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Grand Ronde tribe proposes stadium for urban casino deal

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PORTLAND, Ore. - Major League Baseball is trying to find a new home for the Montreal Expos and the Confederated Tribes of the Grand Ronde say they have a solution. However, Oregon's governor does not seem to like their terms.

Oregon Gov. Ted Kulongoski issued a statement saying that he is against amending a tribal/state gaming compact with the Grand Ronde tribe to build an off reservation casino in the city of Portland.

Under the terms of a deal that Grand Ronde pitched recently to the state of Oregon and city of Portland, the tribe would pick up the entire tab for a new baseball stadium only if they were allowed to open a second off-reservation casino in or near Portland.

A tribal spokesman for Grand Ronde claims to have only read the governor's comments in the press and says Kulongoski has yet to make his comments known to either the tribe or the city of Portland.

"This would have been a great situation for everyone, we bring Major League Baseball to Oregon and provide economic development for the tribe and Portland area," says Grand Ronde Spokesman Justin Martin.

The Grand Ronde tribe currently operates the lucrative Spirit Mountain casino about 65 miles southwest of Portland. Oregon currently has a gaming compact policy of one per tribal reservation.

Martin reports that the tribe's current "permanent" gaming compact with the state would have had to be changed in order to allow the tribe to build the proposed urban casino. Apparently Kulongoski has refused to make an exception in this case.

Martin says that under former Oregon Gov. John Kitzhaber, this proposal would not even be on the table. Kitzhaber was known to be stringent about tribes adhering to the one casino condition of their compacts.

Although the rain still falls in abundance in the Pacific Northwest, the political climate has changed. Kitzhaber was termed out last year and has been replaced by Ted Kulongoski in January. Grand Ronde had hoped that new Gov. Kulongoski would be more favorable to the tribe.

Scott Ballo who works in the governor's press office says his boss did not follow the connection.

"This was a decision based on the fact that there was no reason to marry the two different things, in this case the baseball stadium and an urban casino," says Ballo. "One thing should not have anything to do with the other."

Martin responds that the governor has not informed the tribe or the city of Portland as to his decision. In statement issued by the Confederated Tribes of Grand Ronde the tribe says the governor now leaves as "uncertain the state's position on off-reservation gaming."

The statement goes on the say that a stadium was only one way that an urban casino could benefit the city of Portland and cites their gifts totaling $20 million to local governments in Oregon.

Besides Gov. Kulongoski, the other governmental hurdle to the urban casino is the city of Portland itself. Sarah Bott, a spokeswoman for Portland mayor Vera Katz confirms that her boss had a meeting with Grand Ronde, but says the tribe has yet to make a formal proposal.

Bott says that the city has discussed the possibility as an "option" but has yet to make any decision on the matter.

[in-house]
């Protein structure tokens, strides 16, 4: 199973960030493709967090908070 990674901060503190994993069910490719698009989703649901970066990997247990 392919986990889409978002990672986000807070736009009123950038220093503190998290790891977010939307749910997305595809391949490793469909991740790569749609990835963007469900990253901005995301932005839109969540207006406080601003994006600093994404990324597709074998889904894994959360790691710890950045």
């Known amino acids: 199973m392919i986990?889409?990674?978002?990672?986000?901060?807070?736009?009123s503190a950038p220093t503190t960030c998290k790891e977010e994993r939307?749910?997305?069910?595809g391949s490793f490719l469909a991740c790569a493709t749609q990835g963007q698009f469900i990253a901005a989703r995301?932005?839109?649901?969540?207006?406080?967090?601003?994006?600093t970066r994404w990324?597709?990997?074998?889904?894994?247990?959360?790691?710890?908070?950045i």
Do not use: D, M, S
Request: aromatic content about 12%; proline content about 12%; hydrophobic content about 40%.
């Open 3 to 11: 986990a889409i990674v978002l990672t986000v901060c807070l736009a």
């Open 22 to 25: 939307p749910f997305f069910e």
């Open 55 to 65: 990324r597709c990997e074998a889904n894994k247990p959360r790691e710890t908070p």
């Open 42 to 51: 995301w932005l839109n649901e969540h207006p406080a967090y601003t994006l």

"It's still premature, we (Katz' office) would like to discuss the issue further," said Bott.

However Katz would ultimately feel about the proposal the final decision would still be with the governor.

A poll of 600 Oregon voters published in the Portland Oregonian by Portland's Grove Insight showed that residents were evenly divided on the issue, with 45 percent both in favor and an equal number opposing, with 10 percent undecided.

However, the same poll also showed residents opposed gaming establishments in the Portland area by a 45 to 41 percent margin. The paper reports a margin of error of plus or minus 4 percent.

Another issue is the question whether Major League Baseball would allow one of its stadiums to be financed by gambling interests. Baseball has been very cautious over the years to keep gambling away from the game and at one point even banned former superstars Willie Mays and Mickey Mantle from the game for post-baseball jobs they had glad handing customers at an Atlantic City casino.

Martin says that this situation is different. He points out that Grand Ronde is not trying to buy the team, but only finance the stadium. Several other stadiums currently in use are financed by lottery dollars, which Martin feels is more akin to tribal gaming operations than privately owned Las Vegas or Atlantic City casinos in that, given tribal sovereignty, tribal casinos are governmental operations.

This is far from a done deal and there are quite a few ifs attached to the proposal. The biggest if is whether or not the team would relocate to Portland. The Expos, along with the Minnesota Twins, were two teams that Major League Baseball considered for contraction last winter.

For years the Montreal Expos have played in a dingy, decrepit stadium built for the 1976 Summer Olympics. However its saucer-like look and Astro Turf field has not looked modern since Iran and not Iraq was the hot spot in the Middle East.

The Expos financial situation has deteriorated in recent years. The owner of team had fled to the Florida Marlins and the Expos were placed under the auspices of the other 29 Major League Baseball teams. In an attempt to stimulate revenue the team will actually play 22 of its 81 home games in San Juan, Puerto Rico this year.

Portland is one of three areas vying for the team, the others being Washington, D.C. and its Northern Virginia suburbs. Portland mayor Katz, and a relocation committee will be traveling to meet with Major League Baseball officials to make their case for the team.